If using instant yeast, divide the amount of fresh yeast used by 3 and follow the same method as the recipe. Active dried yeast needs to be activated before use. In this case, warm 20 grams of milk to 35C (95F), add the yeast with half a teaspoon of sugar, whisk and leave to stand for ten minutes before adding to the dough. Remove 20 grams of milk from the recipe.
If using instant yeast, divide the amount of fresh yeast used by 3 and follow the same method as fresh yeast.
Changing the size of the recipe
This recipe makes 50 small doughnuts. If you want to change the size of the recipe, use the bakers formula.
Method to make your own doughnuts!
1) Measure the dough ingredients
Weight the ingredients. If using dried yeast follow the instructions below. Excluding the butter and sugar, add all the ingredients to a mixing bowl or dough mixer bowl (if using).
2) Slow kneading
Set a 4 minute timer and use a dough scraper to gently combine the ingredients. When the bowl is starting to hinder the kneading technique, move the dough onto a workbench. Start slow kneading using a slow stretching technique until the timer sounds.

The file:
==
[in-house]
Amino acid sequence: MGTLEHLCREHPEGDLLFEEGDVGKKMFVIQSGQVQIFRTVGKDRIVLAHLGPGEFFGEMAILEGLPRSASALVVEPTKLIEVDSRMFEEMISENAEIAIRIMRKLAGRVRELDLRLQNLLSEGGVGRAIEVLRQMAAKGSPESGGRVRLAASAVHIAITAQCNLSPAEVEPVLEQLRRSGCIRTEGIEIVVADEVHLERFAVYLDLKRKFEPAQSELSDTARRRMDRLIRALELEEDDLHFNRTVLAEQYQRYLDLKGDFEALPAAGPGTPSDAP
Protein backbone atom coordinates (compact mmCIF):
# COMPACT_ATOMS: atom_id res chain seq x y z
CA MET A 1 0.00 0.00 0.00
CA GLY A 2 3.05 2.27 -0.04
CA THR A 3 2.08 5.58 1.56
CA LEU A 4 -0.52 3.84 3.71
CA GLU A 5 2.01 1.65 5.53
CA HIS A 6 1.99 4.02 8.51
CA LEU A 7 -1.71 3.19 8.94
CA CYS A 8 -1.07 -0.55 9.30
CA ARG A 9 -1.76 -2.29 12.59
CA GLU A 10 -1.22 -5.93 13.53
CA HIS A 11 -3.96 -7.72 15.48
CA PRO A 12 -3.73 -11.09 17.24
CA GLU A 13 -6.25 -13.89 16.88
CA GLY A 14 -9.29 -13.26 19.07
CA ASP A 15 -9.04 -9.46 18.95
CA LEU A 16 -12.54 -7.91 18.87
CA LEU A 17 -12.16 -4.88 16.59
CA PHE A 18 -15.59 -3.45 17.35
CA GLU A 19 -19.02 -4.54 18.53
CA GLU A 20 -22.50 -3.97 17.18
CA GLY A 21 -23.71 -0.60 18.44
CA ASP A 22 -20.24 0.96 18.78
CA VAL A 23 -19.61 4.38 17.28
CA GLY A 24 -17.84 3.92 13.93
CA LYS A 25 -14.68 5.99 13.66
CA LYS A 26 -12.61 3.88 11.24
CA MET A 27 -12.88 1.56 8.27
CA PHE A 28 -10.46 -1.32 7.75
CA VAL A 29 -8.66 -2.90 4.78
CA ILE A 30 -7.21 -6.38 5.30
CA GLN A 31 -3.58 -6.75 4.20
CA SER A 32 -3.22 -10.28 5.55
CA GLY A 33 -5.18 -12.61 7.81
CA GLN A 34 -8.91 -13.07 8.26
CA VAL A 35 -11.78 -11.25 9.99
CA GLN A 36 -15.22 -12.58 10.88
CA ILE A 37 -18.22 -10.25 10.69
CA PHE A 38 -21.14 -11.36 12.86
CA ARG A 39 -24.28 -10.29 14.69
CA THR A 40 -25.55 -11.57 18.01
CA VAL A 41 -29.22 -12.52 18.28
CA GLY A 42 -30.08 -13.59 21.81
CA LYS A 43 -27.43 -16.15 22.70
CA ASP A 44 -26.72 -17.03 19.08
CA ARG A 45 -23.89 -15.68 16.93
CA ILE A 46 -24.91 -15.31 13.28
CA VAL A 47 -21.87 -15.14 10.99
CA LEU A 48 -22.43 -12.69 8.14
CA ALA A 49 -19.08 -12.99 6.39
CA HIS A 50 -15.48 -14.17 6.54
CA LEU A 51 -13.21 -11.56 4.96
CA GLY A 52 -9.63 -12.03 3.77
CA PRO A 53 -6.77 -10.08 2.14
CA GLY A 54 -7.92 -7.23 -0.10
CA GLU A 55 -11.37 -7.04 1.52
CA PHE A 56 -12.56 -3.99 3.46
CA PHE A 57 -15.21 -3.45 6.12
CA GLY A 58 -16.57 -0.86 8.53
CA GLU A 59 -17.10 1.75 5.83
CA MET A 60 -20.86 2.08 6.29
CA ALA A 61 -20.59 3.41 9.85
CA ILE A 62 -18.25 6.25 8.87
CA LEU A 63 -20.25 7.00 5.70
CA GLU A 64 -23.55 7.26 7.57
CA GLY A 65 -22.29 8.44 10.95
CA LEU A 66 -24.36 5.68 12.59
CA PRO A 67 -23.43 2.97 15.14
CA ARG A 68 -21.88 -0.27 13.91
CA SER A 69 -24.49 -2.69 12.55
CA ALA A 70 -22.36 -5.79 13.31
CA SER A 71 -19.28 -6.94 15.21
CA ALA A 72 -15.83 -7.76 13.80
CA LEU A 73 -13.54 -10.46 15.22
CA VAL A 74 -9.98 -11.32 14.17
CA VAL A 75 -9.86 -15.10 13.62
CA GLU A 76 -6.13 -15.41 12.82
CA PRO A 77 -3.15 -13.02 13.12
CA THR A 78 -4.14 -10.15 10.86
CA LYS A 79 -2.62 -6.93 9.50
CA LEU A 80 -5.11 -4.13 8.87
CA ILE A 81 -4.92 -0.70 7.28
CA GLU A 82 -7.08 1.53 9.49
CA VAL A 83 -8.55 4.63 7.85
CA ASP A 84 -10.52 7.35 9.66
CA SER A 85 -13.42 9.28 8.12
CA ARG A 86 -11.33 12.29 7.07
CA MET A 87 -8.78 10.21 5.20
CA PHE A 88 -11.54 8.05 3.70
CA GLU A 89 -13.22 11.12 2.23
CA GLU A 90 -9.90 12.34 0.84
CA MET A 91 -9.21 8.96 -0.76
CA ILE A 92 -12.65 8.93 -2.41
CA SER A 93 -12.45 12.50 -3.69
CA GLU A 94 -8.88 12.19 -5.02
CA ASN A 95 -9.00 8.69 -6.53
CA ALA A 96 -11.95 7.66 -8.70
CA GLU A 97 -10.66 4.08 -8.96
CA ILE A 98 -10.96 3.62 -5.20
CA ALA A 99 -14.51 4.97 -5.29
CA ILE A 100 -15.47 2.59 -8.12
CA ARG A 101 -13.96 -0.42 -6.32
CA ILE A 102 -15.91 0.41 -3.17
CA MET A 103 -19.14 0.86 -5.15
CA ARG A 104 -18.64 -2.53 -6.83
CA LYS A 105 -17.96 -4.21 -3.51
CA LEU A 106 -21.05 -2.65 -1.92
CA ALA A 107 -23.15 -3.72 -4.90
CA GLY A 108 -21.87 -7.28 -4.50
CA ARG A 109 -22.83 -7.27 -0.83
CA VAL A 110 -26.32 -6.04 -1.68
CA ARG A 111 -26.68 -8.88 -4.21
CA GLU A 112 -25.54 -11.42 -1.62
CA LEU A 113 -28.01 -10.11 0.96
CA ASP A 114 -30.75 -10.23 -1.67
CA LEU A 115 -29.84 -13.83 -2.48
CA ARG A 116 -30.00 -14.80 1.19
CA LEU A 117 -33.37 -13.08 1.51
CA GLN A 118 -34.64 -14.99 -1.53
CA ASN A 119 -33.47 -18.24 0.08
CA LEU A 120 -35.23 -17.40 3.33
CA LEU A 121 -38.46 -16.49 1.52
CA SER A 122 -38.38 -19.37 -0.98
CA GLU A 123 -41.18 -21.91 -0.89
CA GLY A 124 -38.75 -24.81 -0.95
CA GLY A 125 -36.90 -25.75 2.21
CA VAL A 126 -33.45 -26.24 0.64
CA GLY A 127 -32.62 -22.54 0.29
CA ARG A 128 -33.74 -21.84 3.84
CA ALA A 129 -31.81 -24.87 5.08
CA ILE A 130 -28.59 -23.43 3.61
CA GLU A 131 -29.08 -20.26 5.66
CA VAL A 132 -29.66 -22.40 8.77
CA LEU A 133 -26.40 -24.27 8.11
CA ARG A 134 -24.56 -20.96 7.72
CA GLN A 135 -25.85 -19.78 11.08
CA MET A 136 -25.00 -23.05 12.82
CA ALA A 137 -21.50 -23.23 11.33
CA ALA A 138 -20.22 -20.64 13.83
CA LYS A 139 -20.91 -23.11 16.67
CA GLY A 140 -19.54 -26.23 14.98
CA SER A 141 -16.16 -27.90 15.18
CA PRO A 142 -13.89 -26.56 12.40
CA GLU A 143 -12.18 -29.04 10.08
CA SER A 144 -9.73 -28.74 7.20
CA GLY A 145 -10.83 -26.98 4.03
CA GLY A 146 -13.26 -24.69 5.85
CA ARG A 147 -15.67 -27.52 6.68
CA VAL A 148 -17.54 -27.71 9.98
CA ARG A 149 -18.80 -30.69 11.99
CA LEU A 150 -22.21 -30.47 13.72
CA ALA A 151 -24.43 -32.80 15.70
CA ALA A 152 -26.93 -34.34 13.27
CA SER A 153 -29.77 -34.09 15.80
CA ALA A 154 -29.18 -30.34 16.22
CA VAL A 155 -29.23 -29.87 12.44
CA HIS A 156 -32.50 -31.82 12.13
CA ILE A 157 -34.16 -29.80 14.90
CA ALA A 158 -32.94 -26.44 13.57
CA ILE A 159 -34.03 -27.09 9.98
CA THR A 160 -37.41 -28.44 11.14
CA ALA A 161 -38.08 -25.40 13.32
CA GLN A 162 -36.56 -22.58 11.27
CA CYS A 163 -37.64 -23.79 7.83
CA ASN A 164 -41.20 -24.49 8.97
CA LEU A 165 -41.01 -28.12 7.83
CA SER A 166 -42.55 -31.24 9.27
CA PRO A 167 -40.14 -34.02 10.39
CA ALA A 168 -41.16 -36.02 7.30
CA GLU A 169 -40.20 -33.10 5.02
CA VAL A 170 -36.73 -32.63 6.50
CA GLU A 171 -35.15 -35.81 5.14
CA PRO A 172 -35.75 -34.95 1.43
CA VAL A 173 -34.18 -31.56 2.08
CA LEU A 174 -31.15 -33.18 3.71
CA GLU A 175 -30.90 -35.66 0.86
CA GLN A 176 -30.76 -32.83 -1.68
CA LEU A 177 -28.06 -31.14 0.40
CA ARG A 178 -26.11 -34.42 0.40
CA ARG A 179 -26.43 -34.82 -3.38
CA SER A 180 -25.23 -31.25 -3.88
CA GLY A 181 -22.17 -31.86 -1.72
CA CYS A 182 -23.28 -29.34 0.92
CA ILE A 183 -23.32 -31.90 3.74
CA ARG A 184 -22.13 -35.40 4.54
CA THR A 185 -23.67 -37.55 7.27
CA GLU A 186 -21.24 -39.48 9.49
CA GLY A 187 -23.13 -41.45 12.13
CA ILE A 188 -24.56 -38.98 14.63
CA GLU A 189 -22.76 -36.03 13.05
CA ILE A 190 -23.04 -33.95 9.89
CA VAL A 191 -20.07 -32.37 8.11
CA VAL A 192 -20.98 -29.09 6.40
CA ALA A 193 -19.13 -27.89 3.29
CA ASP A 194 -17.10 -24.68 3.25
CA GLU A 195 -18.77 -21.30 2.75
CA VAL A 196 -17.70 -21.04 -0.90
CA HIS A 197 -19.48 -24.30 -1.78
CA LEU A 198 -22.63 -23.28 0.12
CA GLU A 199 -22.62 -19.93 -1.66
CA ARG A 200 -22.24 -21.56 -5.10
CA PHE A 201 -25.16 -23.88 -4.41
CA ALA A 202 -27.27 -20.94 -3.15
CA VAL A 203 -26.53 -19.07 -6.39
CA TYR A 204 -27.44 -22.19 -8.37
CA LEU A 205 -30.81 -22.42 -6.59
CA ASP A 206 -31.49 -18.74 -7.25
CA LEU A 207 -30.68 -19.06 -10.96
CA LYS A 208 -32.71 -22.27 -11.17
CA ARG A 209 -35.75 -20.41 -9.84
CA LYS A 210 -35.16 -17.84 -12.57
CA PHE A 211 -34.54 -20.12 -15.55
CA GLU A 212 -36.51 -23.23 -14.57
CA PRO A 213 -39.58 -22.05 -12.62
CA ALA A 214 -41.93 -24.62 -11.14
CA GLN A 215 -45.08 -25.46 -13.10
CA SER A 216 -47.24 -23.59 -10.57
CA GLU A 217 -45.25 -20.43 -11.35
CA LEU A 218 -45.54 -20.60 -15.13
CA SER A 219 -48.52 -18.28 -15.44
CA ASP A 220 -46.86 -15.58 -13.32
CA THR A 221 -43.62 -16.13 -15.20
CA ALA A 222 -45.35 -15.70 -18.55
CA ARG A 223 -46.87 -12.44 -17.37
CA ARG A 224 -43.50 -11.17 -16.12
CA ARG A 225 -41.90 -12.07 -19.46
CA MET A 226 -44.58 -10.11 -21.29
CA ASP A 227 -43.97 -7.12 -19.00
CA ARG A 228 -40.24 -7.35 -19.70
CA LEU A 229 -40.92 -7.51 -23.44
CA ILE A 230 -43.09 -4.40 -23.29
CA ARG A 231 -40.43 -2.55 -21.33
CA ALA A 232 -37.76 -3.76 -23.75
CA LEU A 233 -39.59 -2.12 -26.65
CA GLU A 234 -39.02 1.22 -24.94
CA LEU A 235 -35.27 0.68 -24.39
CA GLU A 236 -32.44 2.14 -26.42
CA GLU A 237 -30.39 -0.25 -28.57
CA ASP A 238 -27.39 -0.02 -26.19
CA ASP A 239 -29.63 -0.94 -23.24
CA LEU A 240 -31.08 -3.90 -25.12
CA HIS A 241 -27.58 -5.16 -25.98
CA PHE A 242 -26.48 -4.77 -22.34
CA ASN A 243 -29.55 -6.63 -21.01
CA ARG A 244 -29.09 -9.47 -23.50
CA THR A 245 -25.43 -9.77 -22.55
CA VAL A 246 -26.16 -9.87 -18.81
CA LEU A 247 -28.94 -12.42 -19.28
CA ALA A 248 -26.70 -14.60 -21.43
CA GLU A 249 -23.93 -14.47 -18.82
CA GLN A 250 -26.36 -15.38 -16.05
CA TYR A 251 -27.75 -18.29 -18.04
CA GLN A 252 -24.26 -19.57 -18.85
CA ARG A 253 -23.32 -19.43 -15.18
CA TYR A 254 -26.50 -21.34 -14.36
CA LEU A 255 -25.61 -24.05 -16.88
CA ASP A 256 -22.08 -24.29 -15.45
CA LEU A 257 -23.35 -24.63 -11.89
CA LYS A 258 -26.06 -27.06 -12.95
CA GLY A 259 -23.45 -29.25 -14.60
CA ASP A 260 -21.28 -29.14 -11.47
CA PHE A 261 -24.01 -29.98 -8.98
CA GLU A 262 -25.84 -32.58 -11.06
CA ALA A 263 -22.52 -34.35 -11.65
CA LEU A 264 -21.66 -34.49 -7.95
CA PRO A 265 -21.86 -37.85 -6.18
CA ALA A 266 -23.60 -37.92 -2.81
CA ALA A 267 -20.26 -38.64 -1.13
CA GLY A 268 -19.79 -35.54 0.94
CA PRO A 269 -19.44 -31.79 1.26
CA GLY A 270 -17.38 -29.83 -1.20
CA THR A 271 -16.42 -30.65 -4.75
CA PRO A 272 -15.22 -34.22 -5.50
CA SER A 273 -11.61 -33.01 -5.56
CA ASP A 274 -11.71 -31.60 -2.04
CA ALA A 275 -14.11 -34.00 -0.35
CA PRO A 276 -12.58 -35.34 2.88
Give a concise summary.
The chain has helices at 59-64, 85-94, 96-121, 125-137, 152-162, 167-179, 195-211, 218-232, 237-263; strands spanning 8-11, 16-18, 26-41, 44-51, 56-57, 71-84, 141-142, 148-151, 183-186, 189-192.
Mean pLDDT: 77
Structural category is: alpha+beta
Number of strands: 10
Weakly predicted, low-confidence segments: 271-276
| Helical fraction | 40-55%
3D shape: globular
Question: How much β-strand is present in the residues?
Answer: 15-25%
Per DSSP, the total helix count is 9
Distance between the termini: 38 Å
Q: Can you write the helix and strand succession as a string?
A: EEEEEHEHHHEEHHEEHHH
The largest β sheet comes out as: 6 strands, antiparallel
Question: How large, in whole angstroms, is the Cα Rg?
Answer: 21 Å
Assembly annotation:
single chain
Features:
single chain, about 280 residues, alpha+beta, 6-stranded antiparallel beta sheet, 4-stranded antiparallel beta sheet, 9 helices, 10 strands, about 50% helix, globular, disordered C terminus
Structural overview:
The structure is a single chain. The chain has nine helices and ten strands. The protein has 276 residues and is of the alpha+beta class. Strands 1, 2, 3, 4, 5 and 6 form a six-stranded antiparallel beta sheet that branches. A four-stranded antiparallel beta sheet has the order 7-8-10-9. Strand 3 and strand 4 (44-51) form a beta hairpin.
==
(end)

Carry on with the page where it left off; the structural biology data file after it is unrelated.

In a dough mixer:
Mix for 5 minutes at a slow speed. Skip step 3.
3) Rest in the fridge
Place the dough back into the mixing bowl, cover and put in the fridge for 5-10 minutes to cool down.
4) Fast knead alongside adding the sugar and butter
Remove from the fridge and fold the sugar into the dough. Once integrated, set the timer for 4 minutes and knead fast, using the stretch and slap technique. Once the timer sounds, put the dough back in the bowl and add the butter. Mash the dough into the fat with your hand to encourage them to incorporate. When combined, take the dough back on to the table and knead as fast as you can for 2 minutes.
In a dough mixer:
Move up to a faster speed and knead for 2 minutes. Continue running the mixer whilst adding the sugar, then 1 minute later add the cubed butter, a few cubes at a time. Continue mixing for another 3-4 minutes until butter is incorporated and the dough feels even and strong.
5) First rise
Using a plastic dough scraper, remove the dough from the table put into an oiled bowl. Cover, and leave to bulk ferment for 1 hour on the side.
6) Divide the dough into balls